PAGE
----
I've verified that the first problem is a bug and have entered this in our database; we'll try to get it fixed in a future release. I couldn't reproduce the second problem but I've sent this over to our GUI people for investigation. Paulina
About your request, acer, to have the atomic identifier information more widely referenced in the help pages .... To be frank, it's a lot easier to add a few thoughts to the blog than to update the help pages, as the latter requires careful editing, testing, etc. and involves more than just the developer's time. However, we recognize that users sometimes have trouble navigating the help system. It is my hope that all the blog content will eventually make it into the help pages. Actually, the content is already there, but we can do better in making it well organized and easy to find. So these blog entries are not meant to be a replacement for help pages but rather a step towards making the help system better in the long run. Paulina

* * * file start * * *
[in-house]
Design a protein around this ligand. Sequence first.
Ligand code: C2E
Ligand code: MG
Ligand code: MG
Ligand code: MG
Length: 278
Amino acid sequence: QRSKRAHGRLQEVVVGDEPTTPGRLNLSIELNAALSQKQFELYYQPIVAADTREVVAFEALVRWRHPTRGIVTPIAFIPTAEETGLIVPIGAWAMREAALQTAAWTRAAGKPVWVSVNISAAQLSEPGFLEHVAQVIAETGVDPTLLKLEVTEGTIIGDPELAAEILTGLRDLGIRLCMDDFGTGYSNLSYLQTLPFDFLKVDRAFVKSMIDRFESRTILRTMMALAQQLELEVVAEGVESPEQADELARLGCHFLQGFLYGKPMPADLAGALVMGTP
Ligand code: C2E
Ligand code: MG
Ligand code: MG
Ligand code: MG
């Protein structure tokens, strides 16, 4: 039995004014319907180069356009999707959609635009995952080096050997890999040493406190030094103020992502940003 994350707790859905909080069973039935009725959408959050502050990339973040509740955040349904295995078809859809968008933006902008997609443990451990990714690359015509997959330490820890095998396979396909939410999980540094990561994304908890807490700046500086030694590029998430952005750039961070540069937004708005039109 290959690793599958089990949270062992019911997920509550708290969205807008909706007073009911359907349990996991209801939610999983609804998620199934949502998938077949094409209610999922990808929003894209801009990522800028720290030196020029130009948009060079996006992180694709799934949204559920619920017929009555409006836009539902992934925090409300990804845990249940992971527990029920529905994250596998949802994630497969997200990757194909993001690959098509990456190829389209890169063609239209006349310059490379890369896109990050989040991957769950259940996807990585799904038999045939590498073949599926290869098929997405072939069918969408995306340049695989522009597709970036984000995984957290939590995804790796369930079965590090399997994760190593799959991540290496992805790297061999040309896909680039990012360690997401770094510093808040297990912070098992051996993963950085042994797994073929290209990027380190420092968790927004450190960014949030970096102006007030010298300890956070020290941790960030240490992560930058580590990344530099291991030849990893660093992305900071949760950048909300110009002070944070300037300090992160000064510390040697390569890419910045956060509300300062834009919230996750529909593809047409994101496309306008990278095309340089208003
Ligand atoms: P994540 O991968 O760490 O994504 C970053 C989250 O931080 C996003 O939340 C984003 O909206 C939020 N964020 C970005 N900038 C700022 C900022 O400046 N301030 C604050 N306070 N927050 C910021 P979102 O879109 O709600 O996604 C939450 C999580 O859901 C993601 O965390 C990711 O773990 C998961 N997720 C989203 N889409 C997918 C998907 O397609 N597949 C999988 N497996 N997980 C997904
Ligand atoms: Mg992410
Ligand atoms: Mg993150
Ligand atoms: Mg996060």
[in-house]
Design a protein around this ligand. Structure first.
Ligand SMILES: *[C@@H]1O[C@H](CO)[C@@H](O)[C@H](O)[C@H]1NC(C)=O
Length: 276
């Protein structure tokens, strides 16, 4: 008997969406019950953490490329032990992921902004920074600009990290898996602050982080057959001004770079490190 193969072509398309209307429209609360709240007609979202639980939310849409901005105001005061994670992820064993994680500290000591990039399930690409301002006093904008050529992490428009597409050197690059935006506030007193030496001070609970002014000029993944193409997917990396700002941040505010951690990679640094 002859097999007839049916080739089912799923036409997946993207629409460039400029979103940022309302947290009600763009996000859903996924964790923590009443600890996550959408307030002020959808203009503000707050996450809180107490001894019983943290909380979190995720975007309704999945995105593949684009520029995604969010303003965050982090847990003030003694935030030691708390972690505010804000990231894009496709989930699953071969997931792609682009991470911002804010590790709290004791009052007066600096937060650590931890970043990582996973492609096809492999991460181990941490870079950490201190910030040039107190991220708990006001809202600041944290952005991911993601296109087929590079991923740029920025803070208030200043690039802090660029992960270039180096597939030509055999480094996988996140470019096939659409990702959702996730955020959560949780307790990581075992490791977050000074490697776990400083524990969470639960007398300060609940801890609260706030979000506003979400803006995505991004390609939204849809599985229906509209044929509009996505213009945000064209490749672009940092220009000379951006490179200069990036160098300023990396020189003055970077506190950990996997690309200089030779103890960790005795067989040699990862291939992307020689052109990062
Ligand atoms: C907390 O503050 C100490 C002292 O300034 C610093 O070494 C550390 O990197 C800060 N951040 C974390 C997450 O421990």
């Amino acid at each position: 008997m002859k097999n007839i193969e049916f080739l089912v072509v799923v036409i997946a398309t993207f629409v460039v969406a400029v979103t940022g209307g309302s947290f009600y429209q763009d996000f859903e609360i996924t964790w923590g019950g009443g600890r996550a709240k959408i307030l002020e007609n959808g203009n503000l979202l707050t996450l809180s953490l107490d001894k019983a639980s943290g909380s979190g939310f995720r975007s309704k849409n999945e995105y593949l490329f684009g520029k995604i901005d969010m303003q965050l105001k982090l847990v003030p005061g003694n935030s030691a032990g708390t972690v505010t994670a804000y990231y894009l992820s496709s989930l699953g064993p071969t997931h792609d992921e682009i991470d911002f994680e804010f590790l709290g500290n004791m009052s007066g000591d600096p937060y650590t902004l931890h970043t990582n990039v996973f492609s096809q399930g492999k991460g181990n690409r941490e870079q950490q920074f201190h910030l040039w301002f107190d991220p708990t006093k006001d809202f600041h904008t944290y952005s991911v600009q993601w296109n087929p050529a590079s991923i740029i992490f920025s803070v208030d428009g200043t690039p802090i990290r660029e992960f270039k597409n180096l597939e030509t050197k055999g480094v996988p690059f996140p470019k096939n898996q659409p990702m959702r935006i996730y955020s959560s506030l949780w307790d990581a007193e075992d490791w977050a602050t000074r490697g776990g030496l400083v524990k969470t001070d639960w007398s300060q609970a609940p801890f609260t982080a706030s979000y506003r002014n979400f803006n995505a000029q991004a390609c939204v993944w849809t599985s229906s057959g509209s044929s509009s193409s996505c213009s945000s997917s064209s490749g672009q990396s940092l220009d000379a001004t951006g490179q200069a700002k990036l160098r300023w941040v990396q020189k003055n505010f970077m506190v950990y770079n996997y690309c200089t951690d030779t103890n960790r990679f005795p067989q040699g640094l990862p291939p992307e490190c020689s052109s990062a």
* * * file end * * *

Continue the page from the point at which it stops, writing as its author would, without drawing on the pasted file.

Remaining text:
Your question about how to avoid evaluation of expressions in 2-D captions seemed like a good topic for the next blog entry. See my answer here. Paulina
acer writes:
ps. The documentation makes it appear that only symmetric/hermitian floating-point sparse systems can be solved with iterative methods. Yet trying it with real nonsymmetric float[8] sparse Matrices shows via userinfo that there are also distinct nonsymmetric solvers. All the sparse floating-point methods show NAG function names through userinfo, ie. with infolevel[LinearAlgebra] > 0 .